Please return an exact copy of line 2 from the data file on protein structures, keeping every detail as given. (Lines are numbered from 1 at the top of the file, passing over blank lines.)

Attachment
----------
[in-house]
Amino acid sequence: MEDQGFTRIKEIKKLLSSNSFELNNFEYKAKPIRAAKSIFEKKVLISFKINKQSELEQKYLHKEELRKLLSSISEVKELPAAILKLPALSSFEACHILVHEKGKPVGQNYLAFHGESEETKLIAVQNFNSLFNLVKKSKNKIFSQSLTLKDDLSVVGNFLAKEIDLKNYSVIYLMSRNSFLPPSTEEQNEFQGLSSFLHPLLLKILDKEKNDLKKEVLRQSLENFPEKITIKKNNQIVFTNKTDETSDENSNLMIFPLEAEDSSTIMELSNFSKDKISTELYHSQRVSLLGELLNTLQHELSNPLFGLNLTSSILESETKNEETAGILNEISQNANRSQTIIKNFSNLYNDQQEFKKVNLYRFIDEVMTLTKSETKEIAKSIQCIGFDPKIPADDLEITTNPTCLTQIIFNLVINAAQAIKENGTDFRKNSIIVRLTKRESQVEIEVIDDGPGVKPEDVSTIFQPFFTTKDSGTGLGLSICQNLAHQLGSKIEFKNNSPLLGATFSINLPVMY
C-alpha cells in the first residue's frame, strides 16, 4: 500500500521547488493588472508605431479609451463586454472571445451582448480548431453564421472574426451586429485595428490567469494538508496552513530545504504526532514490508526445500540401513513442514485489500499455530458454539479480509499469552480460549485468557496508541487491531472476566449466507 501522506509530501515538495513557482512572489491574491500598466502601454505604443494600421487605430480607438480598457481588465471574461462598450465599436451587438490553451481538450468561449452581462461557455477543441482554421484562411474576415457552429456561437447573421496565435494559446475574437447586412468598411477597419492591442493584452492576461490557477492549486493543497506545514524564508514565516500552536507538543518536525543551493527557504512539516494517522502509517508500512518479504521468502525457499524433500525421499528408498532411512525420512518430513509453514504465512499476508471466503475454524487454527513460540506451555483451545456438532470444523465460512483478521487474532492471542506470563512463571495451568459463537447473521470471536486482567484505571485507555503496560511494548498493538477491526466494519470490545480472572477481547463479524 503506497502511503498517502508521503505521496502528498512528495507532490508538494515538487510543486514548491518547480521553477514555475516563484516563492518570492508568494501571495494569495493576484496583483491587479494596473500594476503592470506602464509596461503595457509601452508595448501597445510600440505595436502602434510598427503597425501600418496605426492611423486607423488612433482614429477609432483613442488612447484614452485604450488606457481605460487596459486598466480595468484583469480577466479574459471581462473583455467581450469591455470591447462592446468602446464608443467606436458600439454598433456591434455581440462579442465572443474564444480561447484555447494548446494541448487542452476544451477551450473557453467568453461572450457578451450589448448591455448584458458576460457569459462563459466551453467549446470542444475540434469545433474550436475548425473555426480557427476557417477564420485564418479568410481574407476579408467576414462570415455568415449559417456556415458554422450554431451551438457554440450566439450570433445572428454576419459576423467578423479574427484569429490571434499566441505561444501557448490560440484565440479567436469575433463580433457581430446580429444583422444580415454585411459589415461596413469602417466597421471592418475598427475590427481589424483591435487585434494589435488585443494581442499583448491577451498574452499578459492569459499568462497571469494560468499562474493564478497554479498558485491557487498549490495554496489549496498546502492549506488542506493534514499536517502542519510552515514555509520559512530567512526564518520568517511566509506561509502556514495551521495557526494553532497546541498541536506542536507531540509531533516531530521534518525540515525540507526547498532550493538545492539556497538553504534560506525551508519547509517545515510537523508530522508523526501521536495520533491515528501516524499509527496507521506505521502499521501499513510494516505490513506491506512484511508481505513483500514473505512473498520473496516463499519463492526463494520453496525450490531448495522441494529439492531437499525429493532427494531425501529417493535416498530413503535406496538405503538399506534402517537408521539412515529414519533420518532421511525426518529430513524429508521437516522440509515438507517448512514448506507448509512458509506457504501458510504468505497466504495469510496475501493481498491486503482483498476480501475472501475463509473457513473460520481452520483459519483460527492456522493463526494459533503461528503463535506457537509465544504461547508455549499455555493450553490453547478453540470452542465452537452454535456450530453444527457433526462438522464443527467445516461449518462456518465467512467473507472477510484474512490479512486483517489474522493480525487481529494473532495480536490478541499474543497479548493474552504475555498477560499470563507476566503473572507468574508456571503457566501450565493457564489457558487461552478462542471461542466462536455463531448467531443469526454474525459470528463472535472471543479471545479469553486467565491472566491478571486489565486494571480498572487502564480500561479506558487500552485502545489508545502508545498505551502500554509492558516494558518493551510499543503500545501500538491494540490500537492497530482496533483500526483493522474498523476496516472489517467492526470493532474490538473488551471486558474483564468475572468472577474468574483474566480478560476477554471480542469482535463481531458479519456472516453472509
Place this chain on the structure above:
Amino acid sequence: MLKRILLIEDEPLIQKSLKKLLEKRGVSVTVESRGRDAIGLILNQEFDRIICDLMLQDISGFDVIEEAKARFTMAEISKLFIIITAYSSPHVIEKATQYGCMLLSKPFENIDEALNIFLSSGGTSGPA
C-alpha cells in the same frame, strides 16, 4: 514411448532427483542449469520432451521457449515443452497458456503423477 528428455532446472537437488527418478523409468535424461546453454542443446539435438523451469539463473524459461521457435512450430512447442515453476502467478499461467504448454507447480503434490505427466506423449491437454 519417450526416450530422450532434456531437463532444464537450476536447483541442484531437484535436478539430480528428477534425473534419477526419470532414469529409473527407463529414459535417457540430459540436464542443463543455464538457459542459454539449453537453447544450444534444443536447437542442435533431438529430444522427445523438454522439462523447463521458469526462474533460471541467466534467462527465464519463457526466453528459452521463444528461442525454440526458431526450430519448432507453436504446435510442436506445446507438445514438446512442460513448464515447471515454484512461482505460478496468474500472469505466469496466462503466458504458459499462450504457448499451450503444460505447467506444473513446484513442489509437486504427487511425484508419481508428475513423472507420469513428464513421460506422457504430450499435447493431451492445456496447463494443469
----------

Amino acid sequence: MEDQGFTRIKEIKKLLSSNSFELNNFEYKAKPIRAAKSIFEKKVLISFKINKQSELEQKYLHKEELRKLLSSISEVKELPAAILKLPALSSFEACHILVHEKGKPVGQNYLAFHGESEETKLIAVQNFNSLFNLVKKSKNKIFSQSLTLKDDLSVVGNFLAKEIDLKNYSVIYLMSRNSFLPPSTEEQNEFQGLSSFLHPLLLKILDKEKNDLKKEVLRQSLENFPEKITIKKNNQIVFTNKTDETSDENSNLMIFPLEAEDSSTIMELSNFSKDKISTELYHSQRVSLLGELLNTLQHELSNPLFGLNLTSSILESETKNEETAGILNEISQNANRSQTIIKNFSNLYNDQQEFKKVNLYRFIDEVMTLTKSETKEIAKSIQCIGFDPKIPADDLEITTNPTCLTQIIFNLVINAAQAIKENGTDFRKNSIIVRLTKRESQVEIEVIDDGPGVKPEDVSTIFQPFFTTKDSGTGLGLSICQNLAHQLGSKIEFKNNSPLLGATFSINLPVMY